Hiking stocks an early sign of coming hyperinflation - expert
Something very odd is going on in global stock markets this summer. Stocks seem to be rising for no apparent reason. Few investors have much confidence in an economic recovery. There is no new miracle technology to produce profits from nothing.
Why then do stock markets continue to shift higher? Is this not people losing confidence in money as a store of value? And that pushes them into buying shares by default? The gradual shift out of money is driving stocks up.
This has been seen before in nations where money printing and debt got totally out of hand. Germany financed the First World War by printing money and then did the same to pay reparations to the victors.
The result was the roaring hyperinflation of 1923 so brilliantly captured in the book ‘When Money Dies’ by Adam Fergusson that was published in another inflationary era, the 1970s.
A soaring but volatile stock market that made some speculators rich was a feature of the Weimar Republic, and so was hyperinflation that turned those dependent on government bonds or pensions into paupers. Is that where a higher and higher stock market is pointing today?
Money printing on the scale we have witnessed over the past four years can only really have one consequence: inflation. But inflation is not something that spreads equally in all directions. It’s a nasty distorter of investment allocation and favors the rich with real assets over the poor who have nothing to help them with rising prices.
It is true we have not seen retail prices surge ahead in the manner of a hyperinflation yet. We got much closer in the 1970s with monthly price rises in the shops.
But if history is any guide then that is where we are going. Savers who hold cash or cash equivalents like bonds will be hit hardest, and although it will turn very volatile, the stock market offers some protection against inflation.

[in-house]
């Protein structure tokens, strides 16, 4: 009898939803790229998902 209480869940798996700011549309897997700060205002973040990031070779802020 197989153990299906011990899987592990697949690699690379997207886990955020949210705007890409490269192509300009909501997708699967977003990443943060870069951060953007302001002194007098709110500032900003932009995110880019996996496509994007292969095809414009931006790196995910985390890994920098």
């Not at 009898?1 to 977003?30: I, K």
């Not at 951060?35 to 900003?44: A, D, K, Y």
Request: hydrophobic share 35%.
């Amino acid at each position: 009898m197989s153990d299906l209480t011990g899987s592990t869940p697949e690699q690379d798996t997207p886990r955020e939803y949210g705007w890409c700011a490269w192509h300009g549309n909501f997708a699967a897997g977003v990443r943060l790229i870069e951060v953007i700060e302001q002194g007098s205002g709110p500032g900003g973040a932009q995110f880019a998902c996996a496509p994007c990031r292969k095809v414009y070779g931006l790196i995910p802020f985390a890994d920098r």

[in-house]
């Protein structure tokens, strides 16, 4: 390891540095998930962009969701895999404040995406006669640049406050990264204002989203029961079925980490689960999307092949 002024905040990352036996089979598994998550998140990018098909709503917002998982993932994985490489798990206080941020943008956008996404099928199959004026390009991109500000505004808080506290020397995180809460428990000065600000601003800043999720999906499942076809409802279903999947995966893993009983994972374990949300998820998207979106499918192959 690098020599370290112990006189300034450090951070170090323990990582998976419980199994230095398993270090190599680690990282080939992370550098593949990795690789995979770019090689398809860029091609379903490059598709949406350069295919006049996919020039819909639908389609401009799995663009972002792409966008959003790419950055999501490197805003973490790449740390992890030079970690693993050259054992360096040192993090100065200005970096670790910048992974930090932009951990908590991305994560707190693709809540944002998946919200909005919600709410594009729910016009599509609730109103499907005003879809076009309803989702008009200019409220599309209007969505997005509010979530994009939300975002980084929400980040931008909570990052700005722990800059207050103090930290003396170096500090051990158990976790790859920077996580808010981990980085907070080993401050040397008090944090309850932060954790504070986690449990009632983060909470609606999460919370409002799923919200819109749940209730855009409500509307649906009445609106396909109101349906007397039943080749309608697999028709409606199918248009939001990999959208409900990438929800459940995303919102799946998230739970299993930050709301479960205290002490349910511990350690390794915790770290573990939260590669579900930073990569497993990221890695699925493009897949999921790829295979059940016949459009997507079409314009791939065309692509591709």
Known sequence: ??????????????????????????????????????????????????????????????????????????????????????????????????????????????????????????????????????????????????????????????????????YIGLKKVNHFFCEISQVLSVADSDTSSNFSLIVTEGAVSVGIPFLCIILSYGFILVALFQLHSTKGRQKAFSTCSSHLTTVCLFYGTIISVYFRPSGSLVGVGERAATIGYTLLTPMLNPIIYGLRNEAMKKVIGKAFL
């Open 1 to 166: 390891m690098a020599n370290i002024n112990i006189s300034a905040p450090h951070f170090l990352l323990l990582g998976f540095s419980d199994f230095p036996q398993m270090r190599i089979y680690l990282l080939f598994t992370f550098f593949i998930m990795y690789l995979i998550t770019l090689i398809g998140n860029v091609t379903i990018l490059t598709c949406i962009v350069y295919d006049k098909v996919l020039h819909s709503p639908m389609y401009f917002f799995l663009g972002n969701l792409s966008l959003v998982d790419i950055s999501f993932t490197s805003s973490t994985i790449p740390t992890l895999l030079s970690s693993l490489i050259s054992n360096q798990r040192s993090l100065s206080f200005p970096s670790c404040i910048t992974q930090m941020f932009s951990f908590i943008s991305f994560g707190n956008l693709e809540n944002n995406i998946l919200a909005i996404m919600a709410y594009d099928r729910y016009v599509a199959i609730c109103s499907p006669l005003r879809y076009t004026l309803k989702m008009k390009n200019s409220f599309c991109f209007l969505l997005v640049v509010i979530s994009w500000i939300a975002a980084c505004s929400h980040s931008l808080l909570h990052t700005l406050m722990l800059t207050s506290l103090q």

After all somebody will always be benefiting from rising prices. The Oil States, for example, are profiting hugely from high oil revenues that must be at least in part due to the effect of money printing on commodity prices.
The problem is that this sort of wealth transfer can get completely out of hand with nations as well as individuals becoming impoverished while the rich inherit the earth.
Rising bread prices gave us the Arab Spring a couple of years ago though its aftermath is actually greater poverty for the nations concerned as the rich have fled with the money and expertise. Who actually wants to live in an unstable post-revolutionary state, unless they are so poor that they have no choice?
So we’ve already seen the start of the impact of money printing on the world’s politics, society and economics. Optimists believe an automatic recovery is at hand but realists are starting to plan for something very different.
You are not going to read very much about this in the conventional media are you? It’s scary stuff.
- Tunisian, Moroccan Chambers of Commerce meet to discuss economic partnership
- Egyptian economic experts predict inflation rate will continue to climb
- In wake of failed coup, Turkey shuts down all Gulen-linked businesses
- World Bank offers Jordan $1.4B over six years for Syria response
- Kuwait fights budget deficit: Reexamining government salaries, expatriate labor
- Why Jordan has every reason to be optimistic about its stock market in 2013
- Food price hikes are coming but it's not a 'crisis', says IMF
- British Pound, Equities Prepare For Inflation's Contribution To Further Hikes
- Probable inflation after a price hike in Jordan
- Egypt's business community pessimistic over IMF delay